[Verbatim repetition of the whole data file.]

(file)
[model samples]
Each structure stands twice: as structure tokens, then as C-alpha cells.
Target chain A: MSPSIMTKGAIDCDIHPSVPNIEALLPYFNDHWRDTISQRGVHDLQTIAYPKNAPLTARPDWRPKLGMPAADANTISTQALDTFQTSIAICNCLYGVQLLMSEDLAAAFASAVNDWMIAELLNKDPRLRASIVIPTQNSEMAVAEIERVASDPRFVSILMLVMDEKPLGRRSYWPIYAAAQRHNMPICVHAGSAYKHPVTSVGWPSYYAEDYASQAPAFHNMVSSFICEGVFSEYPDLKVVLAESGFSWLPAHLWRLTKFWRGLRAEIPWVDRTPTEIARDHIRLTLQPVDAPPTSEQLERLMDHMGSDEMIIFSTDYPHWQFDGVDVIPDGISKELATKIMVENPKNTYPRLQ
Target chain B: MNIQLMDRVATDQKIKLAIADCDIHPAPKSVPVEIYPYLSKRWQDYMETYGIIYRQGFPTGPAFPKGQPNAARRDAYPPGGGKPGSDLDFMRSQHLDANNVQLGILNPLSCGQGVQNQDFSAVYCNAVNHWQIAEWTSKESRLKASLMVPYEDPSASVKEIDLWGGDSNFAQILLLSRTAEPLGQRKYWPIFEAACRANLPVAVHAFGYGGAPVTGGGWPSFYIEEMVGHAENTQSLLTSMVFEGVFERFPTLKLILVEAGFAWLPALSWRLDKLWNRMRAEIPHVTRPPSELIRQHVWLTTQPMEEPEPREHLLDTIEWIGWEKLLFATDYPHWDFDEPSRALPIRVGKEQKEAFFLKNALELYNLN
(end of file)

[model samples]
Each structure stands twice: as structure tokens, then as C-alpha cells.
Target chain A: MSPSIMTKGAIDCDIHPSVPNIEALLPYFNDHWRDTISQRGVHDLQTIAYPKNAPLTARPDWRPKLGMPAADANTISTQALDTFQTSIAICNCLYGVQLLMSEDLAAAFASAVNDWMIAELLNKDPRLRASIVIPTQNSEMAVAEIERVASDPRFVSILMLVMDEKPLGRRSYWPIYAAAQRHNMPICVHAGSAYKHPVTSVGWPSYYAEDYASQAPAFHNMVSSFICEGVFSEYPDLKVVLAESGFSWLPAHLWRLTKFWRGLRAEIPWVDRTPTEIARDHIRLTLQPVDAPPTSEQLERLMDHMGSDEMIIFSTDYPHWQFDGVDVIPDGISKELATKIMVENPKNTYPRLQ
Target chain B: MNIQLMDRVATDQKIKLAIADCDIHPAPKSVPVEIYPYLSKRWQDYMETYGIIYRQGFPTGPAFPKGQPNAARRDAYPPGGGKPGSDLDFMRSQHLDANNVQLGILNPLSCGQGVQNQDFSAVYCNAVNHWQIAEWTSKESRLKASLMVPYEDPSASVKEIDLWGGDSNFAQILLLSRTAEPLGQRKYWPIFEAACRANLPVAVHAFGYGGAPVTGGGWPSFYIEEMVGHAENTQSLLTSMVFEGVFERFPTLKLILVEAGFAWLPALSWRLDKLWNRMRAEIPHVTRPPSELIRQHVWLTTQPMEEPEPREHLLDTIEWIGWEKLLFATDYPHWDFDEPSRALPIRVGKEQKEAFFLKNALELYNLN